In my post on reconciling informal and informal, I suggested that there are practical things L&D groups can do about informal learning. I’ve detected a fair bit of concern amongst L&D folks that this threatens their jobs, and I think that’s misplaced. Consequently, I want to get a wee bit more specific than what I said then:
- they can make courses about how to use social media better (not everyone knows how to communicate and collaborate well)
- share best practices
- work social media into formal learning to make it easier to facilitate the segue into the workplace
- provide performance support for social media
- be facilitating the use of social media
- unearth good practices in the organization and share them
- foster discussion
I also noted “And, yes, L&D interventions there will be formal in the sense that they’re applying rigor, but they’re facilitating emergent behaviors that they don’t own“. And that’s an important point. It’s wrapping support around activities that aren’t content generated by the L&D group. Two things:
- the expertise for much doesn’t reside in the L&D group and it’s time to stop thinking that it all can pass through the L&D group (there’s too much, too fast, and the L&D group has to find ways to get more efficient)
- there is expertise in the L&D group (or should be) that’s more about process than product and can and should be put into practice.
So, the L&D group has to start facilitating the sharing of information between folks. How can they represent and share their understandings in ways the L&D group can facilitate, not own? How about ensuring the availability of tools like blogs, micro-blogs, wikis, discussion forums, media file creating/sharing, and profiles, and helping communities learn to use them? Here’s a way that L&D groups can partner with IT and add real value via a synergy that benefits the company.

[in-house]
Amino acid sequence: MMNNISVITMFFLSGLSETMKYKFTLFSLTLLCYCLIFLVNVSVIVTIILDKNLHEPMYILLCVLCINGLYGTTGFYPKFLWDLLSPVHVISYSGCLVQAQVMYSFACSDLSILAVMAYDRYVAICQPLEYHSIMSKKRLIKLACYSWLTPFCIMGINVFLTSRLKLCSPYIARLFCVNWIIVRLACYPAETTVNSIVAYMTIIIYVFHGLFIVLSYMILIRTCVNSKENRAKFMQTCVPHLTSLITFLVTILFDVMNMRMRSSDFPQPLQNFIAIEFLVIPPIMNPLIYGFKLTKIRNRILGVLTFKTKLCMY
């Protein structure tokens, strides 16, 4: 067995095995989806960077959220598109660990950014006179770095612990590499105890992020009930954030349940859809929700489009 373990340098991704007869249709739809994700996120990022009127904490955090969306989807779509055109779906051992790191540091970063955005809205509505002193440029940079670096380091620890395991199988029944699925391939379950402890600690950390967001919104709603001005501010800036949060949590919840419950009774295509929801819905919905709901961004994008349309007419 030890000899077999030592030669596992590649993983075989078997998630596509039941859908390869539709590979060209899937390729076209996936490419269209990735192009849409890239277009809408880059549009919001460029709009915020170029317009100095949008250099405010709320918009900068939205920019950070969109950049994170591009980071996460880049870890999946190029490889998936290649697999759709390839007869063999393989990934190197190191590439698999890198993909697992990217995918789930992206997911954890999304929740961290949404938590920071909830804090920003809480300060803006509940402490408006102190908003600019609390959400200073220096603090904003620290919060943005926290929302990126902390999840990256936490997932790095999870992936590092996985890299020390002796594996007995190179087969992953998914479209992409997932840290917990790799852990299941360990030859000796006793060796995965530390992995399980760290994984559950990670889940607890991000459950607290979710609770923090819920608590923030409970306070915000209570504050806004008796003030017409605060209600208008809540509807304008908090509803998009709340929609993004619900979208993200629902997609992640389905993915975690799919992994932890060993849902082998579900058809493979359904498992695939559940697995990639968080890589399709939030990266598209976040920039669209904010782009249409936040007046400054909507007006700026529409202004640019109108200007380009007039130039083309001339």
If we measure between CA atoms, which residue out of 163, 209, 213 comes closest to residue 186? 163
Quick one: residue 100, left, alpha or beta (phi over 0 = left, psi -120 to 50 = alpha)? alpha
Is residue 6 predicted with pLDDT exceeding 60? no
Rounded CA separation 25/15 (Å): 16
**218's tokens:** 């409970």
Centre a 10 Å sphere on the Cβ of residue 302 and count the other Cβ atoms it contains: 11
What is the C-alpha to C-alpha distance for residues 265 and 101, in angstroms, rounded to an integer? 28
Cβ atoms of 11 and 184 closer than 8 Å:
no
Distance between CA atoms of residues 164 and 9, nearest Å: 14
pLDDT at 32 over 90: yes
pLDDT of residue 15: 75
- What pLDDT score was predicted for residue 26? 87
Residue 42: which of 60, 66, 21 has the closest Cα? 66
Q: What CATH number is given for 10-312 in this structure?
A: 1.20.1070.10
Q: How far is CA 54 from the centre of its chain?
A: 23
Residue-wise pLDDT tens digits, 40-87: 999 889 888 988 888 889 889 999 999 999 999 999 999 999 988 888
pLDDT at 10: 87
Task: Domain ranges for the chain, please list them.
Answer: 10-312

That latter bit, helping them learn to use them is also important. Not everyone is naturally a good coach or mentor, yet these are valuable roles. It’s not just producing a course about it, but facilitating a community around these roles. There are a lot of myths about what makes brainstorming work, but just putting people in a room isn’t it. If you don’t know, find out and disseminate it! How about even just knowing how to work and play well with others, how to ask for help in ways that will actually get useful responses, supporting needs for blogging, etc.
There are a whole host of valuable activities that L&D groups can engage in besides developing content, and increasingly the resources are likely to be more valuable addressing the facilitation than the design and development. It’s going to be just too much (by the time it’s codified, it’s irrelevant). Yes, there’ll still be a role for fixed content (e.g. compliance), but hopefully more and more curricula and content will be crowd-sourced, which increases the likelihood of it’s relevance, timeliness, and accuracy.
Start supporting activity, not controlling it, and you will likely find it liberating, not threatening.